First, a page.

Models used to craft climate models are “close to useless” when it comes to crafting policies to combat global warming, according to a recent paper published by the National Bureau of Economic Research.
Economist Robert Pindyck writes that integrated assessment models (IAMs) used to craft global warming policy “have flaws that make them close to useless as tools for policy analysis” and trick government officials “into thinking that the forecasts the models generate have some kind of scientific legitimacy.”
Why are IAMs poor tools for figuring out the impacts of environmental policies? In the case of global warming, Pindyck argues scientists know very little about “climate sensitivity” and the “relationship between an increase in temperature and GDP.”
“IAMs can be misleading — and are inappropriate — as guides for policy, and yet they have been used by the government to estimate the social cost of carbon (SCC) and evaluate tax and abatement policies,” Pindyck writes.
The federal government’s “social cost of carbon” estimate is a key component of evaluating the costs of increasing levels of carbon dioxide in the atmosphere from human activities. The basic idea goes that CO2 is emitted into the atmosphere, causes a certain amount of warming and drives certain events that impact the economy.
Scientists and environmental activists tend to argue that global warming will drive more “extreme weather” like hurricanes, cyclones, floods, snowstorms, droughts and tornadoes. There are also predictions that disease could become more widespread from global warming, and warnings that food and water supplies could be endangered.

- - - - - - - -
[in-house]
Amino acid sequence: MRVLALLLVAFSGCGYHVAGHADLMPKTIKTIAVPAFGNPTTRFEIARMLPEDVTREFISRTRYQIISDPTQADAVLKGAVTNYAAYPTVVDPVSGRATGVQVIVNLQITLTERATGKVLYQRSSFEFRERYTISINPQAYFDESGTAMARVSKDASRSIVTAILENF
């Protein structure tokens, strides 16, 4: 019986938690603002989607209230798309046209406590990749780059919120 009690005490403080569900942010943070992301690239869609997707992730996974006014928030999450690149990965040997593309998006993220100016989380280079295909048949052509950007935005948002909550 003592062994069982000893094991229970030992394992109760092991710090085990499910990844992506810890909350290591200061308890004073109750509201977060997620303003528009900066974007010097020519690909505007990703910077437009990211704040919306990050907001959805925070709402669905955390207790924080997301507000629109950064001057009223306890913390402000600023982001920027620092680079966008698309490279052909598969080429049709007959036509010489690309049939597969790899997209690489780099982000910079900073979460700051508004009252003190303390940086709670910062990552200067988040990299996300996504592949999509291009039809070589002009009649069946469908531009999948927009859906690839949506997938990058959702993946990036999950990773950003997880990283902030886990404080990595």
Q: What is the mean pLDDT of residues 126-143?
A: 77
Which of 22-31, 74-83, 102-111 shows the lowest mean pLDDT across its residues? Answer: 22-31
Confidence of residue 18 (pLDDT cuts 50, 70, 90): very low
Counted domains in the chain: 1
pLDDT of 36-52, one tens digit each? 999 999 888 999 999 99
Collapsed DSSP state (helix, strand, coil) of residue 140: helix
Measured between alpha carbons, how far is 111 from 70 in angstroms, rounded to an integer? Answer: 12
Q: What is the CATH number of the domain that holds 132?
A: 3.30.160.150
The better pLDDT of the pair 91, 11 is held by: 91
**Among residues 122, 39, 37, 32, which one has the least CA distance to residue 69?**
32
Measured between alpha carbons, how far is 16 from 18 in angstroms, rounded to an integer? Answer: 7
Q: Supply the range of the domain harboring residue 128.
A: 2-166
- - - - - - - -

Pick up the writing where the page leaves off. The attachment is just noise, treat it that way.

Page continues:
So far, the evidence does not support claims that weather is getting more extreme or many of the other catastrophic claims made by some scientists and activists. But the government has gone ahead and increased the SCC based on models that Pindyck argues are misleading.
Even the Working Group that developed the SCC acknowledged that “[t]here is currently a limited amount of research linking climate impacts to economic damages, which makes this exercise even more difficult.”
In 2013, the Obama administration increased the SCC from $21 per ton to $37 per ton — a move that inflates the benefits of pending federal regulations on CO2 emissions from power plants and other administration actions to cut emissions.
“Claiming that IAMs can be used to evaluate policies and determine the SCC is misleading to say the least, and gives economics a bad name,” Pindyck writes. “If economics is indeed a science, scientific honesty is paramount.”
Other economists have also criticized the Obama administration’s SCC estimate. Economist Robert Murphy with the Institute for Energy Research has argued the SCC is “a very malleable concept that can be inflated or deflated by turning certain wheels.”
“In any event, the public should realize just how ‘unsettled’ the economic side of the carbon debate is,” Murphy said. “The estimates keep bouncing around all over the place, and the estimates are driven by very controversial parameter choices, not objective assessments given by physicists and climatologists.”
So what does Pindyck give as a solution to IAMs?
“I have argued that the best we can do at this point is come up with plausible answers to these questions, perhaps relying at least in part on consensus numbers supplied by climate scientists and environmental economists,” Pindyck wrote.
“It might not inspire the kind of awe and sense of scientific legitimacy conveyed by a large-scale IAM, but that is exactly the point,” he added. “It would draw back the curtain and clarify our beliefs about climate change and its impact.”
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